shot by both sides
Martin Jol's position is not an
enviable one at the moment.
Peter Lis looks at the way it might go.
Five games in and our results pretty much reflect the turmoil at the club both on and off the pitch. Both Levy and Jol stand accused of a certain degree of naivety when it comes to man management issues. For the former to be exposed in attempting to engineer a managerial coup is on a par with some of BMJ's most recent substitutions: both did what they felt was right at the time and for commendable reasons, as both have the club's progress at heart. But feeling has to be tempered with clear thinking, especially at this level when so much is at stake.
There's something about the ten game mark in the Premiership that appeals to most people as an indicator of how things are going to pan out for the season and I hope Jol gets at least that long. By that time (irritating international breaks notwithstanding) teams have had a chance to bed in newcomers and generate a team pattern and to show what they can do. Early season flukes and upsets start to be seen for what they are: aberrations. Manchester City fans can see this happening already and I doubt whether Mourinho will be losing much sleep over the defeat to Villa on Sunday. The Sunderland result was strangely reminiscent of the embarrassment at Carlisle back in the Seventies.
Berbatov has started to play like he did last year although, worryingly, that smile of content has yet to be seen, even after scoring. The team play for long stretches against Man Utd. and Fulham was exhilarating, with Bale the catalyst for all that has been good over our last 180 minutes. Malbranque was the width of a post away from making it 4-1 at Fulham and Keane also hit the bar at The Theatre of Prawns before the locals had roused themselves. Take away both Smertin's and Nani's deflected shots and that would be at least three extra points on the board leaving us well placed. And let's not get started on refereeing decisions ... let's hope the old cliché that it all balances out over the season comes true.
Results and bizarre defending (copyright THFC ad infinitum) apart there's not a lot wrong with the team. Bale gives us balance and the midfield is ticking over nicely. Berba's goal will inspire others as well as doing his self-confidence a power of good. Dawson will be back for the Arse and he and Kaboul will be a formidable partnership once they learn each other's ways. Robinson will benefit from the break, especially if he sits out the internationals coming up : he could learn a lot from David James about how to cope with adversity. JD, like Jol, can only gain from deciding to stay and tough out the difficult situations they find themselves in. It would nice (in the original sense of the word) if Defoe were to score the winner against Arsenal a week Saturday, redeeming both himself and his manager with a precise finish.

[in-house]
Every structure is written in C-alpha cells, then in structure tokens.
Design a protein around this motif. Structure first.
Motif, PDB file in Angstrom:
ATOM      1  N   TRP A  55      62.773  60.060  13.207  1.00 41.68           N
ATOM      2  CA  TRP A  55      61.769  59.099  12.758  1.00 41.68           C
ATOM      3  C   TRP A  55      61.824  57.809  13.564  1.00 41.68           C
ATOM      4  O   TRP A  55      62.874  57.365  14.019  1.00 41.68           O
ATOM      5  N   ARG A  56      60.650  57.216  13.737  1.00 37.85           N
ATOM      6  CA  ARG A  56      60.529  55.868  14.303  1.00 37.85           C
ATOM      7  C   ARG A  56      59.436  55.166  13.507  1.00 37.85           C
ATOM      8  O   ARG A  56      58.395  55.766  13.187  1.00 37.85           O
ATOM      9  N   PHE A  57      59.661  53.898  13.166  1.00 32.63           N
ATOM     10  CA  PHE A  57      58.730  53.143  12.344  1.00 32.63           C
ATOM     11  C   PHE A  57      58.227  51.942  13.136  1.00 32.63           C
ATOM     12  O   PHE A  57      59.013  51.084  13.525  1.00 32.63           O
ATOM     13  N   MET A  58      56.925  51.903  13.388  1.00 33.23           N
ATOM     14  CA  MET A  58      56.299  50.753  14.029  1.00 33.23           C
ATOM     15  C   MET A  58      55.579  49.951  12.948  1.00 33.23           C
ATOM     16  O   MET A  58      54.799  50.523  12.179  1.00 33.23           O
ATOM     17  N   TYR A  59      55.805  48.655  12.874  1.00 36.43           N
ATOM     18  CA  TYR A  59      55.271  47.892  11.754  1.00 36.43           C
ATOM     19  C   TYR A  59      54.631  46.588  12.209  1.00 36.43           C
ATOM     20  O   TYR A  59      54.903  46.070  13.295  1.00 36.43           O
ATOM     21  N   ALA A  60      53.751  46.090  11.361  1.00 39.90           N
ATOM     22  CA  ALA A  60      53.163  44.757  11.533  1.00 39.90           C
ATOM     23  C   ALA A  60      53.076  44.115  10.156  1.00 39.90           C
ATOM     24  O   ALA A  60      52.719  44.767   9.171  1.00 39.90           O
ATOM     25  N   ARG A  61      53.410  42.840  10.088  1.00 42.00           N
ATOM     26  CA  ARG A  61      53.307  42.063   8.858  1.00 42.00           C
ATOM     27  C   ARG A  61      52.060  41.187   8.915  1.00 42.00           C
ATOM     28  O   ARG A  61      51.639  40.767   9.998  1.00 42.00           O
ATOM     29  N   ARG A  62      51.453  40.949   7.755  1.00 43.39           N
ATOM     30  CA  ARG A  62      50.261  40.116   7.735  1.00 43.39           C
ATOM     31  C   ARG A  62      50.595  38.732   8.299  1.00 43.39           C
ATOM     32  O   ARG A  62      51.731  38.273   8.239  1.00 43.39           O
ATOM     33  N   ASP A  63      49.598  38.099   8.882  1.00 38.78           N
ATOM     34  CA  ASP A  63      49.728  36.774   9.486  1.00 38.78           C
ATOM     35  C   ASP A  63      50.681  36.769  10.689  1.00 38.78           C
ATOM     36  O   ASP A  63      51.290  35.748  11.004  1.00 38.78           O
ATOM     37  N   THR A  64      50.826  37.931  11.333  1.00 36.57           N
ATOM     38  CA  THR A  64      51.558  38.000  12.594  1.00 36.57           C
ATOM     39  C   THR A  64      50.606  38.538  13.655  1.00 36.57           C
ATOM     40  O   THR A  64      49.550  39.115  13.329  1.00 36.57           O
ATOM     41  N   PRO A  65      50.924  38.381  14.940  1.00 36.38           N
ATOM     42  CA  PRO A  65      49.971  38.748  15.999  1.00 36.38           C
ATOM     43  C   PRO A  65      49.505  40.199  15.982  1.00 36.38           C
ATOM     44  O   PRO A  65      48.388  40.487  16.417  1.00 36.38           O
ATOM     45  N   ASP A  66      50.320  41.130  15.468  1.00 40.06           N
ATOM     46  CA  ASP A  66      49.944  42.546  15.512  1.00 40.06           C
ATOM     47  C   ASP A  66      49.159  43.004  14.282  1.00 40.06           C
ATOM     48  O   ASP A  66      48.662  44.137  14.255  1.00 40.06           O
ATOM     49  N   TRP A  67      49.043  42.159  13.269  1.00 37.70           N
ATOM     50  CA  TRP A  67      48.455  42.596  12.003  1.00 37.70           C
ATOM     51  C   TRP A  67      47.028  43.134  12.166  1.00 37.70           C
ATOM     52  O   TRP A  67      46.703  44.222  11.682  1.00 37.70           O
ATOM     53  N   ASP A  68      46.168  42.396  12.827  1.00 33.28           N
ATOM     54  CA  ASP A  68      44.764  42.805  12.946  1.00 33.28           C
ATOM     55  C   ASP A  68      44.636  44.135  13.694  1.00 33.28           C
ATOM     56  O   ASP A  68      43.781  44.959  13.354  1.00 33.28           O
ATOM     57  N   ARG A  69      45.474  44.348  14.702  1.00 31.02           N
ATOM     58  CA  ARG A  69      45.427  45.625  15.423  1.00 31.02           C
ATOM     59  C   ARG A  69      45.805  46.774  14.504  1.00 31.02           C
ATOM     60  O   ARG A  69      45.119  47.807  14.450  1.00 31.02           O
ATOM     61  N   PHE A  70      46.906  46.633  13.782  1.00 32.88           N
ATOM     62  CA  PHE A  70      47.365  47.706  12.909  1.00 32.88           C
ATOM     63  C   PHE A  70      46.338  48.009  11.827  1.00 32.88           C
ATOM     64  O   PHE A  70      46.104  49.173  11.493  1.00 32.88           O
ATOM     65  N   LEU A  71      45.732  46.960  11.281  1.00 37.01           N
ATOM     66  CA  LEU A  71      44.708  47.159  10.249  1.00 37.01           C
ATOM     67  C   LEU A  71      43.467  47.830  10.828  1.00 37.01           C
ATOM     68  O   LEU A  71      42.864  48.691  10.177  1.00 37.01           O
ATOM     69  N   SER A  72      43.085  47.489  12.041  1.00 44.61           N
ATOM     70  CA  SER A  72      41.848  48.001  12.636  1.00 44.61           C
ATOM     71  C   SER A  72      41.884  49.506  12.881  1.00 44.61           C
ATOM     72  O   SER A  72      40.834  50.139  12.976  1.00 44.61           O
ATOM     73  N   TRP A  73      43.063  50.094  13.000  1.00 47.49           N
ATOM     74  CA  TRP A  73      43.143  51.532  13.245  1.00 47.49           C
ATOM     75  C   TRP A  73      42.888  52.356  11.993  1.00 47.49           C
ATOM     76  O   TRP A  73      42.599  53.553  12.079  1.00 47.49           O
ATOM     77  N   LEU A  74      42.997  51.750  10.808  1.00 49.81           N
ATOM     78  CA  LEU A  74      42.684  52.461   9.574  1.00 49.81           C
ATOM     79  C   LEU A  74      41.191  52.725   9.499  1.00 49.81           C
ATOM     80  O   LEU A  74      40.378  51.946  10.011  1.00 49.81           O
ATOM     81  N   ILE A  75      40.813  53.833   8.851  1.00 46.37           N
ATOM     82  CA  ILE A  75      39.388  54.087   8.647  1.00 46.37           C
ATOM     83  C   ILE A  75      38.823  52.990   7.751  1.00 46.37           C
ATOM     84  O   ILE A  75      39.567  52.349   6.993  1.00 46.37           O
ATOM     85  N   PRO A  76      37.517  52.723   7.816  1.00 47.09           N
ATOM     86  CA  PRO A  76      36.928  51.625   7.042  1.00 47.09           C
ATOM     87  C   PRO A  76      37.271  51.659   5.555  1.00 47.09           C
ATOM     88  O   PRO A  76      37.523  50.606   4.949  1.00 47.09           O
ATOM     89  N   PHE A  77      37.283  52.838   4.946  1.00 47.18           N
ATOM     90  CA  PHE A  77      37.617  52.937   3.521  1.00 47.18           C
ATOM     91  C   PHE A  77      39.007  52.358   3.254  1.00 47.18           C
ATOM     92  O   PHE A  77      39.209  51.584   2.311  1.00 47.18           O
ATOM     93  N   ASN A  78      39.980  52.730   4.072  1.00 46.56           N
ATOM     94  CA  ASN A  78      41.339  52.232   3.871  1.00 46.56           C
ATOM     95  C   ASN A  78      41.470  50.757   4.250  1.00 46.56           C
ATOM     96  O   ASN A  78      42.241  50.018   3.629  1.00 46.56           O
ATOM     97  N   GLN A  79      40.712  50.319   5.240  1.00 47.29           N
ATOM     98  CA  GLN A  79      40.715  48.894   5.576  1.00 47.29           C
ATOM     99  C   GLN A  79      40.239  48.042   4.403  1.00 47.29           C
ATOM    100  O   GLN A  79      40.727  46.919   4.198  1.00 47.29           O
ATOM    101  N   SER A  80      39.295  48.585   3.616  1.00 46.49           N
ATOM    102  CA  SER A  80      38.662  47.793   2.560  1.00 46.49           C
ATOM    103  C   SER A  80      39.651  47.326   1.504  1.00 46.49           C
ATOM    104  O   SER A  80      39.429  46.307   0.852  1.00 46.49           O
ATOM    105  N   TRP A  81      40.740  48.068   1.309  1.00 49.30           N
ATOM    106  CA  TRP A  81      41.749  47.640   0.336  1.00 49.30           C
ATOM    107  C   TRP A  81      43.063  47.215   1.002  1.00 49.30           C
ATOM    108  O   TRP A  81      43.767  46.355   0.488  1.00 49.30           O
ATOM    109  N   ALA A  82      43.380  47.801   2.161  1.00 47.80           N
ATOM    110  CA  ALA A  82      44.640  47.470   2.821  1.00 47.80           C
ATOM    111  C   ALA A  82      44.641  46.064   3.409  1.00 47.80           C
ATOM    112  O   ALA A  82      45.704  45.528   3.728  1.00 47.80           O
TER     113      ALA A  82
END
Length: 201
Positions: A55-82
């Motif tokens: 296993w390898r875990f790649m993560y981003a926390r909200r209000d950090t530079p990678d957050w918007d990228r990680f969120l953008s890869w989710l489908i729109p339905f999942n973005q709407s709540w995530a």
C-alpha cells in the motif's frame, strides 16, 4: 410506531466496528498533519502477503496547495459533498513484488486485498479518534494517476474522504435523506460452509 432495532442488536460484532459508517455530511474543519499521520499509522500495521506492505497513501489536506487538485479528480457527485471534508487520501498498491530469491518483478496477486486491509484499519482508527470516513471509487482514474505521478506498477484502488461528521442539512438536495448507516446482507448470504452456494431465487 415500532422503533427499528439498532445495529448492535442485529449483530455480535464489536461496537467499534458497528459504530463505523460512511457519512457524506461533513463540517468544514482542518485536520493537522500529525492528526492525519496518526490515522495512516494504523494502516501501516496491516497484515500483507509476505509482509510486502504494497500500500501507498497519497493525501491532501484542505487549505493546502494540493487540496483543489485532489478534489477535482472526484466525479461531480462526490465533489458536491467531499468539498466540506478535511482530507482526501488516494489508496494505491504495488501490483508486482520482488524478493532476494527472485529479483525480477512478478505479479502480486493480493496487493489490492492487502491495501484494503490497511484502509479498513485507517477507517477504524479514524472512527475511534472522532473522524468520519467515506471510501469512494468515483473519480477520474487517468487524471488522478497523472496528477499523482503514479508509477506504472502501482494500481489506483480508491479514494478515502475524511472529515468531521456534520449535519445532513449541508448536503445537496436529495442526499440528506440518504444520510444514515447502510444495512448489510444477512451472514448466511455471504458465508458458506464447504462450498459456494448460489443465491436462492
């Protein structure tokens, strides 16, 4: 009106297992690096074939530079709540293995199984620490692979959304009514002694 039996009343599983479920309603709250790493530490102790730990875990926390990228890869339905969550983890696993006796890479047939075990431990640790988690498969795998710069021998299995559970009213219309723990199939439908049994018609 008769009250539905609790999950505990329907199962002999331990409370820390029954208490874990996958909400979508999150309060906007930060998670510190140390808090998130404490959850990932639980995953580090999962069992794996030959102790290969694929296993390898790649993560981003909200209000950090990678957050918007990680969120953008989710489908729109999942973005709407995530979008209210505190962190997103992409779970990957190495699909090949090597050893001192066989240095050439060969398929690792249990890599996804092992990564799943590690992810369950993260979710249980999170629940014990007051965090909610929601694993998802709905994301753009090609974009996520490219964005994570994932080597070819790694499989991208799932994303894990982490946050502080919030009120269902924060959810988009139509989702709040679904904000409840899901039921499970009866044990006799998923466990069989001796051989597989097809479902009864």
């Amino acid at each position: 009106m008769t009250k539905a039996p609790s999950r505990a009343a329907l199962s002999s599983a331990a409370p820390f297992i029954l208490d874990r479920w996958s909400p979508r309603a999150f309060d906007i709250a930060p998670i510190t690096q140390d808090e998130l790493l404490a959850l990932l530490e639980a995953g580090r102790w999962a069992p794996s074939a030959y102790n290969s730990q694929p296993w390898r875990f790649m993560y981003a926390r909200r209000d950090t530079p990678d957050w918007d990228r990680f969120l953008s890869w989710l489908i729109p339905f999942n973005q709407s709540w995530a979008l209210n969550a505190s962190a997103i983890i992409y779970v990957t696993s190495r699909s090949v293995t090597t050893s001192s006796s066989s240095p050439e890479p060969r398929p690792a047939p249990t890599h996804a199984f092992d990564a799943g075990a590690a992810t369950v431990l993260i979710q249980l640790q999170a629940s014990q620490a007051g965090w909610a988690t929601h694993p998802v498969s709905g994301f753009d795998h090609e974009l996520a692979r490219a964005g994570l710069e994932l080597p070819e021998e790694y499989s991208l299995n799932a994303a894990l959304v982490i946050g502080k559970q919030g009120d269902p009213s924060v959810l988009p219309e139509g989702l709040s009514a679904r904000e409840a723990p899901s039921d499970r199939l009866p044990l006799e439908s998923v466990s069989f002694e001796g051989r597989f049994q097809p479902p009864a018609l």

Europe was a springboard for our achievements last year and it could well be again this season. The draw against the Cypriot side was, arguably, the first bit of luck we've had this year. Even with Marian Pahars, they should be clinically despatched giving the team and our manager a much needed distraction and change of pace from the Premiership. Middlesbrough also should not present any fears, especially at home, allowing us to progress in the Carling Cup.
Of the upcoming Premiership games, we are capable of taking maximum points from the Arsenal and Villa home games and away at Bolton. Draws at both Liverpool and Newcastle would be good results. That would give us 15 points after ten games, and see us safely through to next rounds of both cup competitions, enough to guarantee Jol his job. To achieve that with both the board and his critics sniping at him would qualify him for the football equivalent of the Victoria Cross.
I hope he makes it through the no man's land he currently finds himself in to a place of safety : to be cut down by 'friendly fire' is a dreadful way to go.
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